Botswana is one of the healthiest countries in sub-Saharan Africa. It has a generally low population density, who are affluent by the region's standards, and a very dry climate, which means there are comparatively few problems likely to affect visitors. The risks are further minimised if you are staying in good hotels, lodges, camps and guest farms, where standards of hygiene are generally at least as good as you will find at home.
The major dangers in Botswana are car accidents (caused by driving too fast, or at night, on gravel roads) and sunburn. Both can be very serious, yet both are within the power of the visitor to avoid.
It's interesting to note that the most frequent medical reason for air evacuations from the Okavango Delta, and surrounds, is the unexpected side-effects of the anti-malarial drug Lariam.
The following is general advice, applicable to travelling anywhere, including Botswana:
Food and storage
Throughout the world, most health problems encountered by travellers are contracted by eating contaminated food or drinking unclean water. If you are staying in safari camps or lodges, or eating in restaurants, then you are unlikely to have problems in Botswana.
However, if you are backpacking and cooking for yourself, or relying on local food, then you need to take more care. Tins, packets, and fresh green vegetables (when you can find them) are least likely to cause problems – provided that clean water has been used in preparing the meal. In Botswana's hot climate, keeping meat or animal products unrefrigerated for more than a few hours is asking for trouble.
Water and purification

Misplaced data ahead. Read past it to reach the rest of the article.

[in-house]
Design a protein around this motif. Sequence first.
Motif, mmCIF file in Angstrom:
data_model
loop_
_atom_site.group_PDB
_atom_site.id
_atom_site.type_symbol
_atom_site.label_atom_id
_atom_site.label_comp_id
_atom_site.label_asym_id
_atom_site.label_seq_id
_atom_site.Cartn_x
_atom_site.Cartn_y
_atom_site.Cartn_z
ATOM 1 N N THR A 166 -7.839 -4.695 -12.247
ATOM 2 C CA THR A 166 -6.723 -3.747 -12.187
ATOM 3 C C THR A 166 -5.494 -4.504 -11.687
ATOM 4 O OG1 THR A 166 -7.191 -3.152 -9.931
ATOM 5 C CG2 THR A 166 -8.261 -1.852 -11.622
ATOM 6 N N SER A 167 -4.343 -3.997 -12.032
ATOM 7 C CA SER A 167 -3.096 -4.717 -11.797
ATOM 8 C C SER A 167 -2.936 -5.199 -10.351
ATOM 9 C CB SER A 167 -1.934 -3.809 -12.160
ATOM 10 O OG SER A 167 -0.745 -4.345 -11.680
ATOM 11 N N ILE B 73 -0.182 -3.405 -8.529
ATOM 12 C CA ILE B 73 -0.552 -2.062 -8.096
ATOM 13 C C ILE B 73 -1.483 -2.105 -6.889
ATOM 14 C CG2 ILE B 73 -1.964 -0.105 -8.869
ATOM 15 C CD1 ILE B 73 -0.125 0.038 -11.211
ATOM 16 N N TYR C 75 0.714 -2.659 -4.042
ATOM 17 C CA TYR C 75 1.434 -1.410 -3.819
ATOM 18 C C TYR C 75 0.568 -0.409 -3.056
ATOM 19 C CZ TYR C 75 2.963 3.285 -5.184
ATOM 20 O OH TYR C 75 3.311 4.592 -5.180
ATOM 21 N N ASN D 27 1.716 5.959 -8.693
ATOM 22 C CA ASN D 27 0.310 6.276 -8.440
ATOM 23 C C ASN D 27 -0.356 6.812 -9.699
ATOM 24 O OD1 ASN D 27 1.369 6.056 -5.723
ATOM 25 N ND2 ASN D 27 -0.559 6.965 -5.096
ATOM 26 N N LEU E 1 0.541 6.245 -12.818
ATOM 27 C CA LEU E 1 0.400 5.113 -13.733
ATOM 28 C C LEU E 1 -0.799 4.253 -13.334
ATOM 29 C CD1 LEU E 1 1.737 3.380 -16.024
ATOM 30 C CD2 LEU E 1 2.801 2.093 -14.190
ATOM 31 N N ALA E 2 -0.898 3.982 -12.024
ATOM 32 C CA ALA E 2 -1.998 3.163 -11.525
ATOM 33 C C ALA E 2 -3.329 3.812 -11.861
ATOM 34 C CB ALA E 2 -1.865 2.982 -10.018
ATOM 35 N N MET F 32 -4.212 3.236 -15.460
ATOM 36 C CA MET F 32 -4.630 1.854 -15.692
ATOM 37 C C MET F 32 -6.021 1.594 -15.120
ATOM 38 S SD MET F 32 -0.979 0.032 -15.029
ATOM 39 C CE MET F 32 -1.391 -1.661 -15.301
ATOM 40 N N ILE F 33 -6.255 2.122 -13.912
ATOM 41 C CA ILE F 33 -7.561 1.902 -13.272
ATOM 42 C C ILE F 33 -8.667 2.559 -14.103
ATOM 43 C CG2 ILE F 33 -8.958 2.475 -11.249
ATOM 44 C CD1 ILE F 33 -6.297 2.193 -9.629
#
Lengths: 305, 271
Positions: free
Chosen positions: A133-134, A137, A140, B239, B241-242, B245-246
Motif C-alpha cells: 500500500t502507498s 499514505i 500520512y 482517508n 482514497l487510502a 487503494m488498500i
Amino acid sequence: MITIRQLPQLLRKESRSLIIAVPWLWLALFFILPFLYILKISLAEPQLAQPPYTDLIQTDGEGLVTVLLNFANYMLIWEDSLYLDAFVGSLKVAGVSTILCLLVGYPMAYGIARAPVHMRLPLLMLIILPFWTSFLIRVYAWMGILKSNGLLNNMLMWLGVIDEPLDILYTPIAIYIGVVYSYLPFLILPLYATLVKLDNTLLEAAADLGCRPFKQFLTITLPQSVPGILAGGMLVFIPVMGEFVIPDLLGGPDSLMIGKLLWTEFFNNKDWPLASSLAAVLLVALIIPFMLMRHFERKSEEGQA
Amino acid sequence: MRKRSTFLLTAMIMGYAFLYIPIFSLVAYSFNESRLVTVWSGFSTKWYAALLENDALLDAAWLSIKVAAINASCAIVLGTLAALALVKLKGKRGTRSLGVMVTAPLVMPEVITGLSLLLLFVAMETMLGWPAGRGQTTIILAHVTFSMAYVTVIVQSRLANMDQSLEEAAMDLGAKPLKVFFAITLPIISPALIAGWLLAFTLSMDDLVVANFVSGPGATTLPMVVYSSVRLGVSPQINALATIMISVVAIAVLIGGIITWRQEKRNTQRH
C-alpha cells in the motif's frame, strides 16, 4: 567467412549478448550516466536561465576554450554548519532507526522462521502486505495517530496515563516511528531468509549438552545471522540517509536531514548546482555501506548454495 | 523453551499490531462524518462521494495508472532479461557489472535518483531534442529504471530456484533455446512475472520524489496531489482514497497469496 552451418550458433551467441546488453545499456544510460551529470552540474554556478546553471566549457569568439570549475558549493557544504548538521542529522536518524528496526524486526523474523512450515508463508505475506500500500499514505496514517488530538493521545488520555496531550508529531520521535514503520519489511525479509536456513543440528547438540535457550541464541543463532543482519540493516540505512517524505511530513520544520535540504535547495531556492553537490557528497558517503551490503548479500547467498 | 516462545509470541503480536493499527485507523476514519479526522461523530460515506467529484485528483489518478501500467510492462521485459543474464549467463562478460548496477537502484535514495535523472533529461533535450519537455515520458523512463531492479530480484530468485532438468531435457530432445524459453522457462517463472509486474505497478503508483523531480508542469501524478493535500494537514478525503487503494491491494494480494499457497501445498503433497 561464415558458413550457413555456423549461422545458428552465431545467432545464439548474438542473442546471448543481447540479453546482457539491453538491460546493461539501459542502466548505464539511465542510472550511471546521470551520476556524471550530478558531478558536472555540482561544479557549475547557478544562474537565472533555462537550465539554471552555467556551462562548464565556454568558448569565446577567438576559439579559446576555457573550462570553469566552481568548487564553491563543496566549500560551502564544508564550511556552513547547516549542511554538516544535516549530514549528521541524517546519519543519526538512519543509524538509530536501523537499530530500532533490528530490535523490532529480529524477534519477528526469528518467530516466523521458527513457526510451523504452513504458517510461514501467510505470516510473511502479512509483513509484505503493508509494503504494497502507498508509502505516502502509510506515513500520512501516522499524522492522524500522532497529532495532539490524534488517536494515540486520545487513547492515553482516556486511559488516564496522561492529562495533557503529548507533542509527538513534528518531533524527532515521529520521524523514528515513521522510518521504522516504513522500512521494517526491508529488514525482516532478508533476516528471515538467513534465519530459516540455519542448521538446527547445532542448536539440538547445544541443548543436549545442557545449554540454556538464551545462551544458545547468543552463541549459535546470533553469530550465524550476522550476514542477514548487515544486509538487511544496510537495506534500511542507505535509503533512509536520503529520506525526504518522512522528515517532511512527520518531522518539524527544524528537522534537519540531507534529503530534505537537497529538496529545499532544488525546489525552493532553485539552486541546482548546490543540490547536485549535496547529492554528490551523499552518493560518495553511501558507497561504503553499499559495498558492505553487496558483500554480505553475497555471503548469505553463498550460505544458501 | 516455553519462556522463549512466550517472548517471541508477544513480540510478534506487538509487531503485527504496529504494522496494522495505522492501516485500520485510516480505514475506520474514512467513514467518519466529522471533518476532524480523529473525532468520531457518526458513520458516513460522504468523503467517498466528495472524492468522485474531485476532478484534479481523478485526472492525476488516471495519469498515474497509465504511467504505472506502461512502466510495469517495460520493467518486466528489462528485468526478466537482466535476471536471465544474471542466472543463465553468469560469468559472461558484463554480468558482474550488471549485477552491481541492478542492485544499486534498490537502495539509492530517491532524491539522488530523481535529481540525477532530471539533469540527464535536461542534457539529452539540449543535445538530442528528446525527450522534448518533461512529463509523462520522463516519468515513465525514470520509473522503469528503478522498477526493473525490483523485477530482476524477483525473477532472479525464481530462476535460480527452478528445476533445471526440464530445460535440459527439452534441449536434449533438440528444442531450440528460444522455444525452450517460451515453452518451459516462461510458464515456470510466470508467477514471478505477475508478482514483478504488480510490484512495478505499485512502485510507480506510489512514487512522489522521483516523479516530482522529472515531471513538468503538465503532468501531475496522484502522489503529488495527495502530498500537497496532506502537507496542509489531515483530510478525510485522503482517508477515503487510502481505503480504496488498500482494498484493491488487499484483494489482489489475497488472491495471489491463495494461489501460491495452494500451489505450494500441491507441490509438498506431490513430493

Tap water in Botswana's major towns and borehole water, which is used in most of the more remote locations, is perfectly safe to drink. However, even the mildest of the local microbes may cause a slightly upset stomach for an overseas visitor. Two-litre bottles of mineral water are available from most supermarkets; these are perfect if you're in a car. Bottled water is also available at most safari camps – though think about the resources used to get it to you, and you might reflect that the local borehole water is likely to be just as good. (It's mineral water too!)
If you need to purify water for yourself in the bush, then first filter out any suspended solids, perhaps by passing the water through a piece of closely woven cloth or something similar. Then bring it to the boil, or sterilise it chemically. Boiling is much more effective, provided that you have the fuel available.
Tablets sold for purification are based on either chlorine, iodine or silver, and are normally adequate. Just follow the manufacturer's instructions carefully. Iodine is the most effective, especially against the resilient amoebic cysts which cause amoebic dysentery and other prolonged forms of diarrhoea.
A cheaper alternative to tablets sold over the counter is to travel with a small bottle of medical-quality tincture of iodine (2% solution) and an eye dropper. Add four drops to one litre of water, shake well, and leave to stand for ten minutes. If the water is very cloudy (even after filtering) or very cold, then either double the iodine dose, or leave to stand for twice as long.
This tincture of iodine can also be used as a general external antiseptic, but it will stain things deep brown if spilt – so seal and pack its container exceedingly well.
Heat and sun
Heatstroke, heat exhaustion and sunburn are often problems for travellers to Botswana, despite being easy to prevent. To avoid them, you need to remember that your body is under stress and make allowances for it. First, take things gently; you are on holiday, after all. Next, keep your fluid and salt levels high: lots of water and soft drinks, but go easy on the caffeine and alcohol. Thirdly, dress to keep cool with loose-fitting, thin garments – preferably of cotton, linen or silk. Finally, beware of the sun. Hats and long-sleeved shirts are essential. If you must expose your skin to the sun, then use sunblocks and high factor sunscreens (the sun is so strong that you will still get a tan).